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The ‘No Collusion’ Song Goes Silent

We’re not hearing it—and no surprise, since President Trump unabashedly asked Ukraine to disadvantage Joe Biden in the 2020 U.S. presidential election.
October 11, 2019
The ‘No Collusion’ Song Goes Silent

After issuing a misleadingly incomplete four-page summary of Special Counsel Robert Mueller’s report last April, Attorney General William Barr irresponsibly went on national television to declare “no collusion” between the Trump campaign and Russia. This message amplified Trump’s months-long refrain of “NO COLLUSION!”—even though the term “collusion” has no legal significance whatsoever, as Mueller made clear in his report. After the report’s release, President Trump again starting singing the “no collusion” refrain, now adding a chorus of “complete and total exoneration.”

There are two things worth noting here.

The first is that Team Trump’s “no collusion” tune has gone silent in the latest round of foreign election interference scandals. The evidence is clear from Trump’s own words that he sought to motivate Ukraine to manufacture dirt on Joe Biden and his son by opening a criminal investigation in Ukraine that—to date—has no basis in fact. The silence suggests that Team Trump knows the “no collusion” cry won’t work this time.

Second, by heralding “no collusion” as somehow legally significant when it came to Russian interference in the 2016 election, Barr created the impression that if evidence of collusion did exist, if would be legally meaningful—if not for prosecuting a president, then possibly for impeachment.

In Mueller words, “collusion is not a specific offense or theory of liability found in the United States Code, nor is it a term of art in federal criminal law.” By contrast, “[conspiracy and] coordination [would] require an agreement—tacit or express—between the Trump Campaign and the Russian government on election interference.” Mueller’s team found insufficient evidence of an agreement between the Trump campaign and Russia. It found instead that “the investigation established that the Russian government perceived it would benefit from a Trump presidency and worked to secure that outcome, and that the Campaign expected it would benefit electorally from information stolen and released through Russian efforts.” In other words, Mueller concluded that Team Trump was aware of what was going on and welcomed Russia’s help in winning the presidency, although the investigation didn’t establish that Team Trump actively engaged in that effort together with the Russians.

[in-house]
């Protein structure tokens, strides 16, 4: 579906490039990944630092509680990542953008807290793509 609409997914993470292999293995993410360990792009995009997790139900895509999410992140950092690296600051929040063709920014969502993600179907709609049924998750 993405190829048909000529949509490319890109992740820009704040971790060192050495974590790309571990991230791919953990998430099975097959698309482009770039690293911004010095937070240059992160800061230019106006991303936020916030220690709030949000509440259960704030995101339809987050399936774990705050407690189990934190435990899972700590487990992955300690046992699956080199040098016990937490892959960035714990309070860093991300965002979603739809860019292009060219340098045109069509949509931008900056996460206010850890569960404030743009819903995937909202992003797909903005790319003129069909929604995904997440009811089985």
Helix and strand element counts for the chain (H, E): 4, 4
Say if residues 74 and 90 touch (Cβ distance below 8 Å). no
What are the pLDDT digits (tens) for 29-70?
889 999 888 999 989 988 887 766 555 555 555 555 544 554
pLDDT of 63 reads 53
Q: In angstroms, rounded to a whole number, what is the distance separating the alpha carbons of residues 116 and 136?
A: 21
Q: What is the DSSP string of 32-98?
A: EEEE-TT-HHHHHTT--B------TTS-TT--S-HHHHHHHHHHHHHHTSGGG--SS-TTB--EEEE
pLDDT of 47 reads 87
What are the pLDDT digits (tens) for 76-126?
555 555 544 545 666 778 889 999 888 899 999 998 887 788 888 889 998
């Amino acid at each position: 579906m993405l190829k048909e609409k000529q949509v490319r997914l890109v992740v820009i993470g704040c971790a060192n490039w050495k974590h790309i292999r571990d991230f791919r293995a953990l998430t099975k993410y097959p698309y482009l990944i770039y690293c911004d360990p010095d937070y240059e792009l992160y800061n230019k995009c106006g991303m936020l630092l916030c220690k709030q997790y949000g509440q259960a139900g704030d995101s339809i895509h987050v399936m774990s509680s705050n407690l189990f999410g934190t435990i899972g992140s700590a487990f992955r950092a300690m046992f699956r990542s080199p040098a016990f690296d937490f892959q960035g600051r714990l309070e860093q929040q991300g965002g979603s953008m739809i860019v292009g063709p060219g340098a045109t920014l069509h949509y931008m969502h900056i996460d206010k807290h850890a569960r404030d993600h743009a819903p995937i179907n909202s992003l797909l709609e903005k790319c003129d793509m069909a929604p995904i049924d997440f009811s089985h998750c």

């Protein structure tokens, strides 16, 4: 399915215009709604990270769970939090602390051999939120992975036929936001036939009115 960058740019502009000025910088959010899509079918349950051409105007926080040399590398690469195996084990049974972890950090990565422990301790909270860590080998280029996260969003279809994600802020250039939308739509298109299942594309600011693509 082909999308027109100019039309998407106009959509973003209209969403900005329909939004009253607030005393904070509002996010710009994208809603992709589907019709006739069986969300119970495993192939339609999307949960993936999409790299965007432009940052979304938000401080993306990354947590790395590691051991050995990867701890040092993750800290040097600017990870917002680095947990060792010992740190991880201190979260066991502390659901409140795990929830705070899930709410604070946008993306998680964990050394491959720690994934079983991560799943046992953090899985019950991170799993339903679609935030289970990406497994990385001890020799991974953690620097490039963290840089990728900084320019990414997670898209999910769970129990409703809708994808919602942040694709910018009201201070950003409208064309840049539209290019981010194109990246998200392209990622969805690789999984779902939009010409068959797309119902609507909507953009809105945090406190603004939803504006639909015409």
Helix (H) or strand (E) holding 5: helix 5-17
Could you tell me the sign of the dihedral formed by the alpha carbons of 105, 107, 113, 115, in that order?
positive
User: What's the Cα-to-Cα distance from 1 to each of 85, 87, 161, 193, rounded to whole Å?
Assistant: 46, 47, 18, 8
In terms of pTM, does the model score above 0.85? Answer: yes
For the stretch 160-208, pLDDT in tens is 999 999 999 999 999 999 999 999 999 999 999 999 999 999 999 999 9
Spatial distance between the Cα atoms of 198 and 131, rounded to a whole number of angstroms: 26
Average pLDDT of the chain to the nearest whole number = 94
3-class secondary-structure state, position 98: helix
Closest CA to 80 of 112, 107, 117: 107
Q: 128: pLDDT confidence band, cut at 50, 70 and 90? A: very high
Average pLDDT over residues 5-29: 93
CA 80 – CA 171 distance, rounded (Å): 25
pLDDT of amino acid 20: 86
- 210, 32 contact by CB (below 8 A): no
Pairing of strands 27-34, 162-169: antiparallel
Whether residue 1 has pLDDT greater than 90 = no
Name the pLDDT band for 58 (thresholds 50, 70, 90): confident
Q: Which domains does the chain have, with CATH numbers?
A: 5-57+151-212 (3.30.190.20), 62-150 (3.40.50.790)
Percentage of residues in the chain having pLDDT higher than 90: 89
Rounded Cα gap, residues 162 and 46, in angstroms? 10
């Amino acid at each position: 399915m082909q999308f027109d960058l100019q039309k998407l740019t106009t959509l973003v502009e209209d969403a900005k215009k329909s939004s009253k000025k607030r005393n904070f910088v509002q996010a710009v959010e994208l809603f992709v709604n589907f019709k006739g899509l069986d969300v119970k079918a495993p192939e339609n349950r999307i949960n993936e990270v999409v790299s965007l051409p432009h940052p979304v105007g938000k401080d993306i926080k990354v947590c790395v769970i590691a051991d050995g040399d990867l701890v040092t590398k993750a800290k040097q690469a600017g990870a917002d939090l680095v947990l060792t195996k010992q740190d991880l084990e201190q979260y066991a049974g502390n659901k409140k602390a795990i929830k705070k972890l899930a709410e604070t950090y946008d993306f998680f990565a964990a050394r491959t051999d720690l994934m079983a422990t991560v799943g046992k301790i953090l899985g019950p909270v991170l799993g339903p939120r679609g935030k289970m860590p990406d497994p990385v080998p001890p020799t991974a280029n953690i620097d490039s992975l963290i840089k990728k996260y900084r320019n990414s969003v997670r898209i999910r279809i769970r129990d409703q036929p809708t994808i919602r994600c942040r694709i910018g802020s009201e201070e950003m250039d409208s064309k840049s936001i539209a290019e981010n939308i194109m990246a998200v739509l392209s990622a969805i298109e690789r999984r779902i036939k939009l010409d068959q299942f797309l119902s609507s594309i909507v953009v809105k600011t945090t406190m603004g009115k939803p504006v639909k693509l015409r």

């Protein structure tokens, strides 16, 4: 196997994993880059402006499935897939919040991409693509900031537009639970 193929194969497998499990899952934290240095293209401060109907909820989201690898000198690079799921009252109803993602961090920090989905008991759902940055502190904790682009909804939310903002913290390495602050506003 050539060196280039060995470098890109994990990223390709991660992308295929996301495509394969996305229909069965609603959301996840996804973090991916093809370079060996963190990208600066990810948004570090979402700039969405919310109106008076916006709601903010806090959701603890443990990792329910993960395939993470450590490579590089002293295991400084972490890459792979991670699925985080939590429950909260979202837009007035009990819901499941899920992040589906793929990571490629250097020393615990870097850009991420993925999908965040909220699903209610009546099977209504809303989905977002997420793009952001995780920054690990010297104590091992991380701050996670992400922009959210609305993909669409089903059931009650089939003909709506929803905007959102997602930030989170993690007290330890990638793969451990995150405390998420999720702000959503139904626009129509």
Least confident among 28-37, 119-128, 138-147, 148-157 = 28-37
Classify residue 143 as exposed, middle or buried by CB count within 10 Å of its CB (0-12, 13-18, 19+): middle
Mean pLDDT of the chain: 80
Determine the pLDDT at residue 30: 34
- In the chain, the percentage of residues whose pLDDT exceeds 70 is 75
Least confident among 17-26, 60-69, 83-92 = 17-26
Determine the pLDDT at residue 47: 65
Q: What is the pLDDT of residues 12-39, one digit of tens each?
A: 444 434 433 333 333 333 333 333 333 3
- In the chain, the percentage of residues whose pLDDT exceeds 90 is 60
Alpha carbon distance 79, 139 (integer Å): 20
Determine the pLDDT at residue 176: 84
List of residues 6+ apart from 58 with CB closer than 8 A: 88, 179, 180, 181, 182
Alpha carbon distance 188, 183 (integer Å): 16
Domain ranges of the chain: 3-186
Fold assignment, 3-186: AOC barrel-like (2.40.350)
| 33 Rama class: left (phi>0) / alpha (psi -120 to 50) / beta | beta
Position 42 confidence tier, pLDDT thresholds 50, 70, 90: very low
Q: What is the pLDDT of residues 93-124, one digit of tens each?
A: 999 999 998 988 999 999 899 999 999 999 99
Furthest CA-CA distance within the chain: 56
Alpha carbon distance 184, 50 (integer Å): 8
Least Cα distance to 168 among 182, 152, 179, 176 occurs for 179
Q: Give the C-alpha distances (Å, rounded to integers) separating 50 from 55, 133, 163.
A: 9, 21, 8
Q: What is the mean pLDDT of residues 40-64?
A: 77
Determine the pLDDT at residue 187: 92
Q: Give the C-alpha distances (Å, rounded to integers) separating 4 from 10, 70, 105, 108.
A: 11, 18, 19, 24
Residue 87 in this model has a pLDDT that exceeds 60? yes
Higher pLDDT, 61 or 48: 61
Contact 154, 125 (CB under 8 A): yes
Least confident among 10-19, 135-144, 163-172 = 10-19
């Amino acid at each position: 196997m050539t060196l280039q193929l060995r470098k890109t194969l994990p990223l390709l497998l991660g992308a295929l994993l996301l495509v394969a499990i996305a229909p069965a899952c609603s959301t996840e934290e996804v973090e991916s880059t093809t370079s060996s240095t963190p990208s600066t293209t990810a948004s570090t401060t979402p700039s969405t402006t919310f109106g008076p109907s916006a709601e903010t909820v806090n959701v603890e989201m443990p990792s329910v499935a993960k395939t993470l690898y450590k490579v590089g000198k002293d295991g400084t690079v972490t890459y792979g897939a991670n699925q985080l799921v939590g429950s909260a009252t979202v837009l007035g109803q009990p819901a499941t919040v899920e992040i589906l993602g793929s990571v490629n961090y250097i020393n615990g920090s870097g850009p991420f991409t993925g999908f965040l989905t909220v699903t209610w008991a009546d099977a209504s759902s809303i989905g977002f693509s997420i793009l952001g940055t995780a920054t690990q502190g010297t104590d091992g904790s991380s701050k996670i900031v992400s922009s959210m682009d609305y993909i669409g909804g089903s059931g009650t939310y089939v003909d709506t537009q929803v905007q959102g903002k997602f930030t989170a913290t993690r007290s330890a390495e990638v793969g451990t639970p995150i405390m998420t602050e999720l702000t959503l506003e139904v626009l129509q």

The Ukrainian scandal is different. The White House’s release of a summary of Trump’s July 25 call with Urkainian President Volodymyr Zelensky shows that Trump initiated the request for aid in the 2020 election. He did much more than willingly accept help. The timeline also shows that Trump was unilaterally withholding nearly $400 million in aid when he made the ask.

The evidence of “collusion” goes well beyond that phone call. According to the New York Times, for example, Kurt Volker, the former State Department special envoy for Ukraine, recently told congressional investigators that Trump’s personal attorney, Rudy Giuliani, had “rejected a generic draft statement that Ukraine’s government had to agree to . . . committing to fighting corruption generally” and instead “said the Ukrainians had to promise to pursue two specific investigations that could damage the president’s political domestic adversaries.” 

According to Volker, then, Giuliani confirmed that the July 25 call was not about rooting out corruption in Ukraine—it was about helping Trump pummel Joe Biden in 2020. That’s a whole different ball game than passively accepting help (which for that matter is also repugnant, as a true patriot would have called the FBI to stop the Russians in their tracks).

In politics and in the law, words matter. And for both politics and the law—and in the impeachment process now underway, a political process where potential violations of the law are being scrutinized—the sudden disappearance of the “no collusion” defense marks a significant moment.

Kimberly Wehle

Kimberly Wehle is a contributor to The Bulwark. She served as an assistant U.S. attorney and an associate independent counsel in the Whitewater investigation. She is currently a professor at the University of Baltimore School of Law. An ABC News legal contributor, she is the author of three books with HarperCollins: How to Read the Constitution—and Why, What You Need to Know About Voting—and Why, and, most recently, How to Think Like a Lawyer and Why—A Common-Sense Guide to Everyday Dilemmas. Her new book, Pardon Power: How the Pardon System Works—and Why, is forthcoming in September 2024 from Woodhall Press. @kimwehle.